Recently someone anonymously posted on this blog and suggested that I check out Lee Child’s Jack Reacher novels. I had never heard of Child but as soon as I picked up The Enemy, I new I had come home. This, ladies and gentlemen, is my kind of book. A tough-guy, gritty mystery that keeps me hopoked from page one to closing.
Ironically, a few days after I began listening to The Enemy on CD (read by Dick Hill, a veteran of the audiobook world) I stumbled upon a column by Stephen King in Entertainment Weekly. The column was all about the false notion circulating in fiction these days that men don’t read. Don’t write a book for men, wannabe novelist, men are too engrossed in their football and steak sauces to pick up one of them silly books.
Hogwash, says Stephen King. Poppycock. Men read. In fact, King suggested a name for the kind of books we men typically devour. Manfiction. And the best example of manfiction, says King, is Lee Child and his Jack Reacher novels.
I believe it. Jack Reacher is the ultimate loner tough guy, a large, husky former military police officer who is part drifter, part criminal investigator, and all man.
I suppose part of my fascination with Jack Reacher is that my dad was an MP back in the day. Dad was mostly stationed in Germany when I was a kid, but he’s told me a lot about his experiences as an MP, and his description of the military matches up quite nicely with how Child portrays it, which is: highly political and full of self-centered pricks.
Don’t get me wrong. The military is full of valiant men and women who fight for no other reason then to protect the innocent and preserve freedom. Jack Reacher is one such example.
But among these hundreds of thousands of selfless soldiers is the occasional careerist, the officer who seeks power, the man who dreams of becoming a general and squashing those under him simply because he can. Jack Reacher refers to these men as (pardon my French) assholes.
And in The Enemy, there are a few such characters. Not because Child is trying to taint the image of the military, but because this is a mystery, after all, and it’s the author’s job to throw suspicion on a lot of different characters in order to keep us, the readers, tagging along, desperate to know the truth.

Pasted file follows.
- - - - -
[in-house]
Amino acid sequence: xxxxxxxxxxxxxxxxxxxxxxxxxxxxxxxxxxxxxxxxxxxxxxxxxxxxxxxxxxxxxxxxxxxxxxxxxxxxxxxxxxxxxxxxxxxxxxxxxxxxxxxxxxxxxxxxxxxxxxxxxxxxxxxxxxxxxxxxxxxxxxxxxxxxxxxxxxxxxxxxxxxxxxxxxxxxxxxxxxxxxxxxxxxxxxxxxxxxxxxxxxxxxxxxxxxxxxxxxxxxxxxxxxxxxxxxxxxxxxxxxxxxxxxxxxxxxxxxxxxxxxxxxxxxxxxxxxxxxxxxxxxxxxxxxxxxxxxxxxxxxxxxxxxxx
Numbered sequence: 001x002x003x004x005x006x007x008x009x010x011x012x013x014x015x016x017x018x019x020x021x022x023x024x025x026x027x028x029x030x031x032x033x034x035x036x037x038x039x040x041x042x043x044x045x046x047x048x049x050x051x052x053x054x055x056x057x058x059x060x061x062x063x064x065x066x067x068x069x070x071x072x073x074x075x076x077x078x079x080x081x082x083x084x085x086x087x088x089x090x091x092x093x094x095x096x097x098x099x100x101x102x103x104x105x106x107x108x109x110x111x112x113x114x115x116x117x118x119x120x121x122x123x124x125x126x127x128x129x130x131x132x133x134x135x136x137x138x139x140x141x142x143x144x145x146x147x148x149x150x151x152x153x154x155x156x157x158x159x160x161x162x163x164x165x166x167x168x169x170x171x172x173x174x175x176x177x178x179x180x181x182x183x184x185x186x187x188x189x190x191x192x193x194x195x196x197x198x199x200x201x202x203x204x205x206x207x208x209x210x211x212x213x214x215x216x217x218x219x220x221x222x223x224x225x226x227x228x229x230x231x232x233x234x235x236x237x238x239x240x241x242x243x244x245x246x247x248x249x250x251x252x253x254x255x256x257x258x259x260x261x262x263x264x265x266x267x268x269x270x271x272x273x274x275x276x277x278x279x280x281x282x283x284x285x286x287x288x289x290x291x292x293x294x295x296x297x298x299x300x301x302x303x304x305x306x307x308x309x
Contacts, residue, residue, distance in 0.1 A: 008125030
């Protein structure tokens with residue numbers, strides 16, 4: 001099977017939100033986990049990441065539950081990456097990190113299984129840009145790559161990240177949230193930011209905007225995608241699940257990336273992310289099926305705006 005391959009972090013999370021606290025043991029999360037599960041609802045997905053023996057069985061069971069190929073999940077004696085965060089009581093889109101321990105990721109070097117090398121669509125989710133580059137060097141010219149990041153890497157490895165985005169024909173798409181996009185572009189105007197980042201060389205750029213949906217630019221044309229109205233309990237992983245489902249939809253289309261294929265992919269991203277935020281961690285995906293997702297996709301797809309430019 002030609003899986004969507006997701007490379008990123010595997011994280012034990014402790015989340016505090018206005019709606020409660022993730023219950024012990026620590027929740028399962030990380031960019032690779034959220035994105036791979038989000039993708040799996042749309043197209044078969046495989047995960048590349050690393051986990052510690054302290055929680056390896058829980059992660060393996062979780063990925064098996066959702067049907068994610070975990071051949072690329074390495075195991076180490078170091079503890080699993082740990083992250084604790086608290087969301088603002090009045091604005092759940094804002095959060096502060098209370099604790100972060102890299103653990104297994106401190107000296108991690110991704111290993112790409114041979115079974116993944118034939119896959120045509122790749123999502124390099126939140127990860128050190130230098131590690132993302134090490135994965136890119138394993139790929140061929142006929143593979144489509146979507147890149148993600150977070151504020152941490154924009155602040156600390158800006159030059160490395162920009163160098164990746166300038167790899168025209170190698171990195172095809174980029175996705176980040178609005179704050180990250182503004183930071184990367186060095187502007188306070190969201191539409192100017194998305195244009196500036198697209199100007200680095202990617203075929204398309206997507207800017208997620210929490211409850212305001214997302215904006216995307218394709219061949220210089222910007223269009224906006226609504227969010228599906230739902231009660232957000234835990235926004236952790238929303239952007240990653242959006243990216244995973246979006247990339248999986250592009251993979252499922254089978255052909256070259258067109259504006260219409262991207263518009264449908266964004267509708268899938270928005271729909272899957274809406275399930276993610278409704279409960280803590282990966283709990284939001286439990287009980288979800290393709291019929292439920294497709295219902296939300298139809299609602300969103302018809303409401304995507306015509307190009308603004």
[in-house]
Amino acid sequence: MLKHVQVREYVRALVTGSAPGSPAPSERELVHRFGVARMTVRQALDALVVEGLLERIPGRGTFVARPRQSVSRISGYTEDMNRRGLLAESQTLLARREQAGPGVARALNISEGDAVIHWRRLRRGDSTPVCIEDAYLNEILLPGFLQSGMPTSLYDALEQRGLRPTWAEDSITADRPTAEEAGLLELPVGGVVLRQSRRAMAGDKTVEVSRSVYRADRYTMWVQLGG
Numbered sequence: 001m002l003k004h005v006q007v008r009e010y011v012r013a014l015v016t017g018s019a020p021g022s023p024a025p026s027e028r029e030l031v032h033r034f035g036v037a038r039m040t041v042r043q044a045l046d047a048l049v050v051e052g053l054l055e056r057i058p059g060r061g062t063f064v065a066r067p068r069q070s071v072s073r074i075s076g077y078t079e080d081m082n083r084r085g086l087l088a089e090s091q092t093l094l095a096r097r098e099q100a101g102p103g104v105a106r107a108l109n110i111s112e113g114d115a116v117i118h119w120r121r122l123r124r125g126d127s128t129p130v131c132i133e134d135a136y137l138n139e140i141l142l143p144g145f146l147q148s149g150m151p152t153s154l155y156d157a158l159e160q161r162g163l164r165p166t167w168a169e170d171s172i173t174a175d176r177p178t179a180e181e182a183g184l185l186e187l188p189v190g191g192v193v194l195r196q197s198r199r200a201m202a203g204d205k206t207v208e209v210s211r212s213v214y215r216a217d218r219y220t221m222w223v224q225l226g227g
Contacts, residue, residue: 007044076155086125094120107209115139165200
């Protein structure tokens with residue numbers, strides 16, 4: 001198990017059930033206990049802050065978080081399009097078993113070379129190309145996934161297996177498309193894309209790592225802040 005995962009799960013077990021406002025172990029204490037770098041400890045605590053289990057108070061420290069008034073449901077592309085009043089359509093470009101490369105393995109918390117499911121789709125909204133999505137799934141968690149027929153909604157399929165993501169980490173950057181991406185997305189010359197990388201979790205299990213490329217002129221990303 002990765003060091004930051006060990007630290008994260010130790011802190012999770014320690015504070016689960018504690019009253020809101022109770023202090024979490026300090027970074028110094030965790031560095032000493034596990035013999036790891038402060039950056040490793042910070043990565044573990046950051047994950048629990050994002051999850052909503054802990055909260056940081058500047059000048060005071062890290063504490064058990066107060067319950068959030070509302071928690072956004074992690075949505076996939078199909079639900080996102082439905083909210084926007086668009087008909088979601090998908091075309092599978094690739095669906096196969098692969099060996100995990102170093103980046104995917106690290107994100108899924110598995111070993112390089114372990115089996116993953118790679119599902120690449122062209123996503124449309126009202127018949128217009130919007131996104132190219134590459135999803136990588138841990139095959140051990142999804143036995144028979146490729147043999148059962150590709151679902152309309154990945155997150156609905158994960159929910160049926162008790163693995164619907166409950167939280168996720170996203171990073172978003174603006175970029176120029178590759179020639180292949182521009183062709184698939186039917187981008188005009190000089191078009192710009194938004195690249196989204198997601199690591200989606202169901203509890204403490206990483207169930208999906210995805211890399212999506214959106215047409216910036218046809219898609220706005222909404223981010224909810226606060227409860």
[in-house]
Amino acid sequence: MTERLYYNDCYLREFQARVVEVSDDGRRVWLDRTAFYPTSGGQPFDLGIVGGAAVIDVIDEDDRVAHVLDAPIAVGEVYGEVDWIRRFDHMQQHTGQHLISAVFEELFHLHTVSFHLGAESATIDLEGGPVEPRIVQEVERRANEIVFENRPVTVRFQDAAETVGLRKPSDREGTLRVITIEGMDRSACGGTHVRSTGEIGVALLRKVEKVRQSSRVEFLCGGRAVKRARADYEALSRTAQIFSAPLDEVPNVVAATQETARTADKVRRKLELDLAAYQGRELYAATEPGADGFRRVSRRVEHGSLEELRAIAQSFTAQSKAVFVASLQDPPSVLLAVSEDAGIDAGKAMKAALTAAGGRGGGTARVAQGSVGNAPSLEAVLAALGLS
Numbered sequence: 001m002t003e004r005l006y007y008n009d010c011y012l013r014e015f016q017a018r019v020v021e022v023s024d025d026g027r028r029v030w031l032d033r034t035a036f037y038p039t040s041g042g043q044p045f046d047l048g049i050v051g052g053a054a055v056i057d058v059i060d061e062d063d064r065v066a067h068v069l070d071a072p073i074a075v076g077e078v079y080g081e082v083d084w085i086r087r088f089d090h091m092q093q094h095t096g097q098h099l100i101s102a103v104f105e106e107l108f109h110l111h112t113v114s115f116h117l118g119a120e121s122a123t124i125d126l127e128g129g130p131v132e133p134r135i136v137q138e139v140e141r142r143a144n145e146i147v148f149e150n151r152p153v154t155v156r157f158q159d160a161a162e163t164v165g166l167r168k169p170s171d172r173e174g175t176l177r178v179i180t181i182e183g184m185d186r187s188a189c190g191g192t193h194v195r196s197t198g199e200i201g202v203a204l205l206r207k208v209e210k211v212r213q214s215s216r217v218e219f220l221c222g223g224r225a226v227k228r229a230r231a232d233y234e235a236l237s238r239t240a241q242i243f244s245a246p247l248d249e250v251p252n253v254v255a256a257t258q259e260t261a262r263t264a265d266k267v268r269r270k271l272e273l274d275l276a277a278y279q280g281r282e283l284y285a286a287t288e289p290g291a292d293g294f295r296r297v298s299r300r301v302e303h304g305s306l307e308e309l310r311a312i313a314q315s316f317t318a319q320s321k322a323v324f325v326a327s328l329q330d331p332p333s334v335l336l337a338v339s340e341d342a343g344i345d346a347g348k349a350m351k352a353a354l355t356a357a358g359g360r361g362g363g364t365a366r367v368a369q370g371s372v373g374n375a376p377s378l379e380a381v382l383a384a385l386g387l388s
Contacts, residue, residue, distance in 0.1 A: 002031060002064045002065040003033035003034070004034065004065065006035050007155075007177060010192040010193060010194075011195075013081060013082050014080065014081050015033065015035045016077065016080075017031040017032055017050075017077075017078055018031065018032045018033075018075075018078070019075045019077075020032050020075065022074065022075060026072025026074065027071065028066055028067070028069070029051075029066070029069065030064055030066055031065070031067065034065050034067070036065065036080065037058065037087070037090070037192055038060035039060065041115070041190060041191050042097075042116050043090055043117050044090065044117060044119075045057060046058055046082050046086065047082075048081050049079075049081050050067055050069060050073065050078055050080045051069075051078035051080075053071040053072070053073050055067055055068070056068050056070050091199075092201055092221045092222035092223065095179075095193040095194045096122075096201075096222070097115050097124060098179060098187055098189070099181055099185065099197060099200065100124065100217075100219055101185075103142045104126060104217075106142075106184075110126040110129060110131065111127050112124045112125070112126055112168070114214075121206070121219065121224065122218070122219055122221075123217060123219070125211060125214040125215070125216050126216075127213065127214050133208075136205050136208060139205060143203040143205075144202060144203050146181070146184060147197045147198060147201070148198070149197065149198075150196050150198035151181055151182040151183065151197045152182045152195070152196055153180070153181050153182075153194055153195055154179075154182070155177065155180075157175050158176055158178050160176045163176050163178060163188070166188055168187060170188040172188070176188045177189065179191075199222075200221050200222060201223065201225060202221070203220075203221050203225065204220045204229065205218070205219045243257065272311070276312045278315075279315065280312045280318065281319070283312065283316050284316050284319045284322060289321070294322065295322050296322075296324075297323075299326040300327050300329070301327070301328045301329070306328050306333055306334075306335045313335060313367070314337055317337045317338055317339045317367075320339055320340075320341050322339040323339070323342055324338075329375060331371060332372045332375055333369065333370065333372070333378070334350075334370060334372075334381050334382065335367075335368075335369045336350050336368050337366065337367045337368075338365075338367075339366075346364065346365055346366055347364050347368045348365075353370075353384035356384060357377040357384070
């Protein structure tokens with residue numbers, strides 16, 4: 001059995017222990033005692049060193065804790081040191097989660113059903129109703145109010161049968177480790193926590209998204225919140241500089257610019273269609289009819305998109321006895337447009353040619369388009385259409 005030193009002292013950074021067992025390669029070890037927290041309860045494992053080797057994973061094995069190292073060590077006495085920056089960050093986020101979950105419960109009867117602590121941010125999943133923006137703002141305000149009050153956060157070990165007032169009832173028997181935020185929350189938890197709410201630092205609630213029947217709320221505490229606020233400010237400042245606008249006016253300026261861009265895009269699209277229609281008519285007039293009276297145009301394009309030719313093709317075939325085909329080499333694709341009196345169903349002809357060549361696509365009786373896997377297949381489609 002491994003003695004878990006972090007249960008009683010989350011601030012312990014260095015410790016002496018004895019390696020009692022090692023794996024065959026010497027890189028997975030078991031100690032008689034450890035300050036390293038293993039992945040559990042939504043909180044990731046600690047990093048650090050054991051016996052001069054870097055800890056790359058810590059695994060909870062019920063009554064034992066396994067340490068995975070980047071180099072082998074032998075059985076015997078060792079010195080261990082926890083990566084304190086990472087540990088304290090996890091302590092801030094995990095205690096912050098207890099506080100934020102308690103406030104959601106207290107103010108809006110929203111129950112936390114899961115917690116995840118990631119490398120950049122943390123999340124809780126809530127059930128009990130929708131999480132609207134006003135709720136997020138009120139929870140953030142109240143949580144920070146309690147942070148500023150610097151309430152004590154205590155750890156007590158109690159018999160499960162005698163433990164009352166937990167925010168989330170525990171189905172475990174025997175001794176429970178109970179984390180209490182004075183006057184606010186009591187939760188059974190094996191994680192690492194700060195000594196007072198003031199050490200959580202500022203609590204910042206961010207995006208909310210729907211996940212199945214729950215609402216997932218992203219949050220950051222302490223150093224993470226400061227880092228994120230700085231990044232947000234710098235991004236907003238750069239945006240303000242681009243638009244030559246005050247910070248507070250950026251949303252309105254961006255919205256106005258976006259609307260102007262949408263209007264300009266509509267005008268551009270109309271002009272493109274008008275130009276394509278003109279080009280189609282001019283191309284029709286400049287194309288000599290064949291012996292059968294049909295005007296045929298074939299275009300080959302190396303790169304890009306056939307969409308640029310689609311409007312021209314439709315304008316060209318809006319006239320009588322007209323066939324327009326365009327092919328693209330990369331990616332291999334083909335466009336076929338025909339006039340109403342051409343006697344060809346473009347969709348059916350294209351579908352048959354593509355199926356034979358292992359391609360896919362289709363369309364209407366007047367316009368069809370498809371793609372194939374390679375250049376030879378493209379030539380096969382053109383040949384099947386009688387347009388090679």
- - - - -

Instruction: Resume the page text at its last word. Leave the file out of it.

I picked The Enemy as my first Jack Reacher novel at random — it was the first one I found at the library — but now I see how truly lucky I was to pick this one first.
The Enemy is the eighth Jack Reacher novel, but unlike most, it takes place while Reacher is still in the military, or more specifically just as the Berlin Wall is coming down at the beginning of 1990.
Reacher is a young major and has just been transferred from Panama to North Carolina. It’s New Years. Just past midnight. And Reacher gets a phone call. A two-star general has been found dead in a seedy hotel room, apparently having died of a heartache while cavorting with a prostitute. The general, Reacher learns, is a married man and the commanding officer of the Army’s Armored Division in Germany. In other words, a very important person. Reacher’s orders: protect the military. Clean up the mess and keep it hush hush.
But the general’s briefcase is missing. And hours later the general’s wife is found murdered. Slowly Reacher uncovers a much grander plot at work that puts him in ever-increasing danger.
I won’t divulge more than that. I’ll only say that The Enemy is the type of book I hope to be reading when I’m ninety years old, the type of book I’ll never tire of. Jack Racher is the man. And if men really aren’t reading as some naysayers say, then please send me all the Jack Reacher novels you can find. I for one can’t get enough.